Watch out! The 'Babies' movie is here!

In the 'Babies' movie, four squealing, gurgling, and padding goobers invade the world.

Focus Features/AP
A Mongolian baby, Bayar, is seen here in the 'Babies' movie, a documentary from Focus Features. The film opens just in time for Mother's Day this weekend.

Just in time for Mother's Day, The Focus Features French documentary 'Babies' by Thomas Balmes opens at theaters this weekend. The film follows four babies – in San Francisco, Tokyo, Namibia, and Mongolia – from birth to their first steps, with mountains of diapers and oceans of drool in between.

Babies are everywhere

Did we forget a corner of the world in our gallery 'The Babies are coming?' From Burma to Macedonia to South Africa to Brazil to earthquake-stricken Haiti, there is a universality to babies.

Swaddled little hot dogs with chubby cheeks, wide eyes, and really cute feet.

IN PICTURES: Babies around the world

Related: 'Babies': movie review

Also factor in that distinctive baby smell that's part brand-new-life, and part Johnson & Johnson baby powder, the baby gurgle and squeal, and the taste of residual baby food after planting a large kiss on their faces.

And we can't forget about the baby wobble. Perhaps best portrayed by a YouTube clip of a toddler bopping Beyonce's Single Ladies music video, the baby wobble is one of nature's greatest dance moves.

It doesn't matter where they come from

Director Thomas Balmes told the Orlando Sentinel that he wanted the film to 'shift the perspective from us looking at the world from our point of view, to seeing it from the babies' point of view – how they see their world.' For Bayar in Mongolia, this includes watching a goat come and drink your bath water. With you still in the tub.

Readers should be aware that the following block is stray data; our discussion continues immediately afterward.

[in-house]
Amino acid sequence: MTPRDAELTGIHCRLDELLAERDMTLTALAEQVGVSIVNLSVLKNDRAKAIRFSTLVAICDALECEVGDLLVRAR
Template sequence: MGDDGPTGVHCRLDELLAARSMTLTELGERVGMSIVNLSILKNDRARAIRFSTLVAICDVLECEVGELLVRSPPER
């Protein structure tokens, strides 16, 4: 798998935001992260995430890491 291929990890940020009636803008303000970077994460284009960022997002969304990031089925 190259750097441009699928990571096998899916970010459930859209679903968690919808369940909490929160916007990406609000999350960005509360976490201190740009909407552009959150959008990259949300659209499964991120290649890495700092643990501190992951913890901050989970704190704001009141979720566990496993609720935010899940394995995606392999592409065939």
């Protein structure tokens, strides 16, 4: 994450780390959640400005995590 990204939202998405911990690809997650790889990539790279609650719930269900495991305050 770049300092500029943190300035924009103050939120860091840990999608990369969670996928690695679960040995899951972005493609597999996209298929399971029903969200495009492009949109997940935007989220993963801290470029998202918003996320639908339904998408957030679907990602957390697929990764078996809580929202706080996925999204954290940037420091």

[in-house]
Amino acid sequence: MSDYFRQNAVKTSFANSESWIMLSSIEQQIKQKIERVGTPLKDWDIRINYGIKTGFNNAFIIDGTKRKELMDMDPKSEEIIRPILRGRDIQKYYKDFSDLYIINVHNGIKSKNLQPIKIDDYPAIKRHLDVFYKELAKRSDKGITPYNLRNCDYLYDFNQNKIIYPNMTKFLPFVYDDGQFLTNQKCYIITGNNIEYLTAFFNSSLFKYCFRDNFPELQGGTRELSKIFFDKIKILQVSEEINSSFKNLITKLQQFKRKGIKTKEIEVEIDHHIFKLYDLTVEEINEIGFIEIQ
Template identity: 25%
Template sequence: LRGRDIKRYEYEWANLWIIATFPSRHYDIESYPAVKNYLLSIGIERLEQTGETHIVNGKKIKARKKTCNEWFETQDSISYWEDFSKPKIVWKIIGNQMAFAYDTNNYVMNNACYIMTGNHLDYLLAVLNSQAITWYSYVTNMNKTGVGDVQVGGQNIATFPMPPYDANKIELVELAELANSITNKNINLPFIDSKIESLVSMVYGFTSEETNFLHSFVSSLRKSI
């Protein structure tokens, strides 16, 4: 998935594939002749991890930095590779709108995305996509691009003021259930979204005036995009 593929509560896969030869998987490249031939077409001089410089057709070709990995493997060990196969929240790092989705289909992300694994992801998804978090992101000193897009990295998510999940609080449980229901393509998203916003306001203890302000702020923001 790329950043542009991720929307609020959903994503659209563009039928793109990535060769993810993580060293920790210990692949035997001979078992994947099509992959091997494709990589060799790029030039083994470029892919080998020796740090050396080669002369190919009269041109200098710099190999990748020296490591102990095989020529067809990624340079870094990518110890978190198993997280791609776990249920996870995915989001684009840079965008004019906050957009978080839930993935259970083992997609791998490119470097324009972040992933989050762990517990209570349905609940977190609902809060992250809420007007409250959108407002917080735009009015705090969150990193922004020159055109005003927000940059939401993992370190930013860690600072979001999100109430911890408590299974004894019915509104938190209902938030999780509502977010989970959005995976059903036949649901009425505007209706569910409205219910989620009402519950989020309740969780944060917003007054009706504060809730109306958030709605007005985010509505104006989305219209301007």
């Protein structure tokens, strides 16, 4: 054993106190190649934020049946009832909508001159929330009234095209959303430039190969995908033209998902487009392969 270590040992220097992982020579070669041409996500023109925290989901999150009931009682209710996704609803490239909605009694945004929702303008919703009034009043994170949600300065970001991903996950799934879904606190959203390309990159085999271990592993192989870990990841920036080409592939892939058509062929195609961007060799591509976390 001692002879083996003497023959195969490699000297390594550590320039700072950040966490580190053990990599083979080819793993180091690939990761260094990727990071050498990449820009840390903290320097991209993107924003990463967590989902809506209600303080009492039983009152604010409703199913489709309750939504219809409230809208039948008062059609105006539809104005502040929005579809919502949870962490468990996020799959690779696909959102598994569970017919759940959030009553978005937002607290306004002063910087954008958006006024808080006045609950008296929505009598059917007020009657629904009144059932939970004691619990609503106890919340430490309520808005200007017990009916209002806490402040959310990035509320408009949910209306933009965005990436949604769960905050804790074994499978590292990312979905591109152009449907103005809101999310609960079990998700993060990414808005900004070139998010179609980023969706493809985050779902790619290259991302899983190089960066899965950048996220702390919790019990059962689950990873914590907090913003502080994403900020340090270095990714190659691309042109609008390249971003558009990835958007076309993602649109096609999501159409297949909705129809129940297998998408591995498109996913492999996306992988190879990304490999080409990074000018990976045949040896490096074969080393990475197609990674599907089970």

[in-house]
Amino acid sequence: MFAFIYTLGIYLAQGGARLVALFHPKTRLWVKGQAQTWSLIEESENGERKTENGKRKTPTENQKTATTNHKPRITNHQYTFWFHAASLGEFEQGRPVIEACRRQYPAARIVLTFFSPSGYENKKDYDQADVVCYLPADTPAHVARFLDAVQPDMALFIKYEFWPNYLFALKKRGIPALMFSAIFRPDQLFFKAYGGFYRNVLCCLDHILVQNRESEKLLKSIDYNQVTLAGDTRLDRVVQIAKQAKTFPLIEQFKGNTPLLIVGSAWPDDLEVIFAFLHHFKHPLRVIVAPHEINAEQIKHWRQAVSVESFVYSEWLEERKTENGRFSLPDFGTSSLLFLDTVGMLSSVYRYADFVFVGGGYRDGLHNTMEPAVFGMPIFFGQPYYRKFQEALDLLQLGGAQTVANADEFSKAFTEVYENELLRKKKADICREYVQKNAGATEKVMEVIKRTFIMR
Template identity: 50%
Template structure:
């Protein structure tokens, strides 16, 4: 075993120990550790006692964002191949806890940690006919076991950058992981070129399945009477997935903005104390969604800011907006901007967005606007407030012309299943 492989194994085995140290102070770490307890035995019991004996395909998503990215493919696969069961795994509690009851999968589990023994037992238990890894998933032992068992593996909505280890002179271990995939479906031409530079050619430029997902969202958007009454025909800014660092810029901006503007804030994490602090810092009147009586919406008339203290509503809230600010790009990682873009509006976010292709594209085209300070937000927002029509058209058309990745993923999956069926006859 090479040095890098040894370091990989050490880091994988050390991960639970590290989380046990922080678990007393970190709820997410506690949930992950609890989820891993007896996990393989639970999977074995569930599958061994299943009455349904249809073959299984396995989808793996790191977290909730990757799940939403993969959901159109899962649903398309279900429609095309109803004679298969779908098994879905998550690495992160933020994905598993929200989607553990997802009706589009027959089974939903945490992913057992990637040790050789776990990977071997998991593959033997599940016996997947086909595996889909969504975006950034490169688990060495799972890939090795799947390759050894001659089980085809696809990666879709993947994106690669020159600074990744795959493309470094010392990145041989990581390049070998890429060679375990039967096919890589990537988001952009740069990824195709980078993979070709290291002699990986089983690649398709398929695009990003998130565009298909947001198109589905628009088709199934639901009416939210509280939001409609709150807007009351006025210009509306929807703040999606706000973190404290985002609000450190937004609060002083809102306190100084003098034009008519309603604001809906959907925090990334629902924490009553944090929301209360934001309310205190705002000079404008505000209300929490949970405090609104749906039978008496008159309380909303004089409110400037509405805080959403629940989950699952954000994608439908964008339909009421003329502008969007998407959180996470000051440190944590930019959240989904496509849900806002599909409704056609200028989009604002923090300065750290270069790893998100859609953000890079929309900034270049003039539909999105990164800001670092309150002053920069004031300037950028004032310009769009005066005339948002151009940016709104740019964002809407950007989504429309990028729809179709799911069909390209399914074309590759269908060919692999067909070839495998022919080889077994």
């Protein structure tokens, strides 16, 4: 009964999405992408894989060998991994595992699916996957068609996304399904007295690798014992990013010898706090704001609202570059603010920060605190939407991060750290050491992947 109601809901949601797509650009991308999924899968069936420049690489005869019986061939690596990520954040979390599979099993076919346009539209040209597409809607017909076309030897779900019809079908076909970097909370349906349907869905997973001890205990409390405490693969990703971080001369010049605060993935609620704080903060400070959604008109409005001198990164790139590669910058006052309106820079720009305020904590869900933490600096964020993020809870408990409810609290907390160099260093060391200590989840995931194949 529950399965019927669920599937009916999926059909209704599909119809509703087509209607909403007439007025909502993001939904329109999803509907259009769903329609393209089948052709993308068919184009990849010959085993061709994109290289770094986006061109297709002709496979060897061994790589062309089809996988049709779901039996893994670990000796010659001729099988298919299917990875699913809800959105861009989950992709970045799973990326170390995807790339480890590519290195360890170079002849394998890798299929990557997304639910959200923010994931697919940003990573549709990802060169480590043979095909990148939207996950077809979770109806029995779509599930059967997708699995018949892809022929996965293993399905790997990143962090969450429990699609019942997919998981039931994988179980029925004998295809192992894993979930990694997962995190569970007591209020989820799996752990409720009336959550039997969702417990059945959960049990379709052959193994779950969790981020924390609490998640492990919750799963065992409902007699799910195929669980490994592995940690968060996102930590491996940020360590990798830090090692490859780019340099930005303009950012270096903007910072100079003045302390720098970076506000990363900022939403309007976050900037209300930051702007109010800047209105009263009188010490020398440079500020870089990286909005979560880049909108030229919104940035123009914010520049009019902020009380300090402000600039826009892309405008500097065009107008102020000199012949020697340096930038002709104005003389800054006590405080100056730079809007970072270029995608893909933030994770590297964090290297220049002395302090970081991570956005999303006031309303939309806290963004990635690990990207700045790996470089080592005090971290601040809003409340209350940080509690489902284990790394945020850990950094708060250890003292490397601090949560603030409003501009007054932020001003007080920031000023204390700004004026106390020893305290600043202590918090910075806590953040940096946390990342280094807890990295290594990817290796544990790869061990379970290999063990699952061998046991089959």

The Sentinel asked if, while filming, Balmes observed any "universal truths" of raising children:

"In the modern parts of the world," Balmes said, "we have tools - books and technology - to help raise kids."

"But as the film shows, a child in Mongolia can spend hours just watching the sky or a fly or the cat. He's the happiest child I have ever seen.

"And these babies were all loved by their families, loved in different ways. A loved baby has all the advantages, no matter where it grows up."

Always in the spotlight

Though photos of babies from around the world possess a universality too – many babies are seen held, comforted, or looking out at the world with a sense of wonder – they also illustrate the babies' individuality and the unique circumstances of where they live and what they encounter.

In Denver, Colo., a baby is at a Rockies game with her father, chilling in a Baby Björn and decked out in purple accessories. In China, an overdressed baby is plunked in a bag as its family waits for a train during the Chinese New Year holidays. A child in Haiti sits outside a makeshift tent at a camp for earthquake survivors, and a baby in Sierra Leone is weighed at a therapeutic feeding center.

The differences can be about as stark as an Anne Geddes photograph and photos of babies dressed as famous dictators by Danish-Norwegian artist Nina Maria Kleivan.

And a baby is a campaigning politician's greatest accessory. Politicians are constantly playing hot potato with babies at rallies, smiling and cooing at them in restaurants, and ticking away votes in their heads the whole time. Okay, well maybe not in George W. Bush's case.

But babies steal the show every time.

Two words: constant supervision

Improvising Fatherhood's blogger Nate Smith describes his son Chandler as 'spurting' from place to place with ninja powers. Turn your back and the crawling maniac is gone. In a second, he reappears underfoot. Smith swears he's seen his son in two places at once.

Balmes mentions that Bayar wanders into a herd of cows during the filming of 'Babies.'

It's universally known that you're not supposed to let babies out of your sight. But also that you can't save them from every bump, bruise, or wipeout. In the 'Babies' trailer, Ponijao is bitten by a sibling, Bayar falls backwards and dumps water on his face, and Mari in Japan face plants right in front of the camera while taking some of her first steps.

It's better to just have the camera ready.

IN PICTURES: Babies around the world

Related: 'Babies': movie review

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